Chayote (Sechium edule) is indigenous to Southern Mexico, Central America and is also grown in the West Indies and other warm regions. It is suited to higher elevations in the tropics and is also commonly cultivated in the sub-tropics.
It is a vegetable common to the local markets. The fruits are eaten boiled as a vegetable, as are the large tuberous roots. The young leaves and tender shoots are sometimes eaten as spinach. The tuberous, starchy root is relished by some as a vegetable too. In Mexico, this is boiled and candied, or sliced and fried for table use.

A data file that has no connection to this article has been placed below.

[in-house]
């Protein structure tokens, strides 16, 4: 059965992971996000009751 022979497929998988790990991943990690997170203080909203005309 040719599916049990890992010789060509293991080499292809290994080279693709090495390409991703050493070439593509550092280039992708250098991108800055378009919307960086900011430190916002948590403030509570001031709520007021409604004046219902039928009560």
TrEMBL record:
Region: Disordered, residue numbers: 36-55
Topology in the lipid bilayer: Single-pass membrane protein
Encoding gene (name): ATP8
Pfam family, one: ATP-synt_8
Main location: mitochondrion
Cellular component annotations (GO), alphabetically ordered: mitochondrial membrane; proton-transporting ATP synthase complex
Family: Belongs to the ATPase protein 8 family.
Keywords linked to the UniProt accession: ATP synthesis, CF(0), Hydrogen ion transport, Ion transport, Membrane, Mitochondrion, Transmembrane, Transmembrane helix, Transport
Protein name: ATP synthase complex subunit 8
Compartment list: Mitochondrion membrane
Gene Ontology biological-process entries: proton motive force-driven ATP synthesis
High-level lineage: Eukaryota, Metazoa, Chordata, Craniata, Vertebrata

Chayote is oftentimes called the poor man’s vegetable. Candy manufacturers and food processors have found the vegetable as an ideal cheap base for their various products. Pig growers also use it as one of the cheapest food supplements.